In Keeping Bedlam at Bay in the Prague Café, M. Henderson Ellis has captured this atmosphere of exhilarating madness from the perspective of the young John Shirting - a recent expat and exile from his native Chicago; a lover of coffee and pills, who rides the waves of capitalism mainly in his own, highly unstable and imaginative mind. It's a tale as original and unpredictable as the time it portrays. Yet beneath the fast-paced narrative - there is a not a word that is superfluous, not a turn of phrase or narrative accidental - Ellis has caught the fragility of it all. A melancholy homesickness lingers between the lines; yet it is never quite sure what for. His characters seem to drift between the wild realities of emerging capitalism and those of their own imaginations and longings. This is exactly what lifts the novel out of the historical era it depicts and onto the wider literary plane.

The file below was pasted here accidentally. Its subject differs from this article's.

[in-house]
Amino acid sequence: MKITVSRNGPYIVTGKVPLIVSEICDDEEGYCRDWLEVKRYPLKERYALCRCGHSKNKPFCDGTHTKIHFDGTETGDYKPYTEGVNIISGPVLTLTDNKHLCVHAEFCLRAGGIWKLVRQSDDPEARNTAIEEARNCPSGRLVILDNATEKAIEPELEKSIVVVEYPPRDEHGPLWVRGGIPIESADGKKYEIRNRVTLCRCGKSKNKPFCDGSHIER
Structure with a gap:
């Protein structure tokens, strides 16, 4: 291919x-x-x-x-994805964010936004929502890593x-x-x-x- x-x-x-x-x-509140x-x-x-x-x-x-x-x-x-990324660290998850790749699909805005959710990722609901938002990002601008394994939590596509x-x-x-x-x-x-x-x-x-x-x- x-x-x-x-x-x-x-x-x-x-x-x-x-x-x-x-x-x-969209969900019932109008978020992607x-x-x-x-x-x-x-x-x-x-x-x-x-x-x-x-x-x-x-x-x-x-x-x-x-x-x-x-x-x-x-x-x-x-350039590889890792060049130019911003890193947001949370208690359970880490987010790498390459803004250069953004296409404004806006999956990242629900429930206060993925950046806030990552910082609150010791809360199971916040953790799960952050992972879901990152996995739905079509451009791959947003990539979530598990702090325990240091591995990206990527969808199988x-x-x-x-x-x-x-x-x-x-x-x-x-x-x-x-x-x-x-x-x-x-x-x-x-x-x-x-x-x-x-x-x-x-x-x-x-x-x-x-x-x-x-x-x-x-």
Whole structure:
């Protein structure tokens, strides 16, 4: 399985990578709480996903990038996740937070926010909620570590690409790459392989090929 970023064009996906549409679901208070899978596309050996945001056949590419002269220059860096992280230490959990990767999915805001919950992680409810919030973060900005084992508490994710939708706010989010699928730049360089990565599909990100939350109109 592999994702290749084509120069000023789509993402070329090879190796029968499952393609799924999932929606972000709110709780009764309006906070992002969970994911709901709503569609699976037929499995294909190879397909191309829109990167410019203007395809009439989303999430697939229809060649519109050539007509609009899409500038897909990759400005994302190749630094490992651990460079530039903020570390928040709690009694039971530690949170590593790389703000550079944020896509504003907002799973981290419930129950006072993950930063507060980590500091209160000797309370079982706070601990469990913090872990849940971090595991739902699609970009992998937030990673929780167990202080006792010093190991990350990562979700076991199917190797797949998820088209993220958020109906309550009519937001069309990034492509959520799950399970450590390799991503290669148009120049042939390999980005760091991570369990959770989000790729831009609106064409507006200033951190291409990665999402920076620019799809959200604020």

In John Shirting, M. Henderson Ellis has created an unlikely hero, a man whose misfortunes - both self-induced and inevitable - are as addictive to the reader as they are absurd and, ultimately, moving. Following him on his stumbles as he navigates Prague's twisted streets and stones, you just do not want to let Shirting out of your sight. And so, this is a novel that is hard to put down. It is a phantasmagorical portrait of a city seen through the eyes of a remarkable character - "a Prague of the mind," as Shirting calls it - written by a remarkable author. This book is a fantastic debut, and comes highly recommended to all readers of modern, experimental literature.
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2 of 2 people found the following review helpful
4.0 out of 5 stars Come, Walk With Me and Have A Cup of Coffee April 13, 2014
Format:Kindle Edition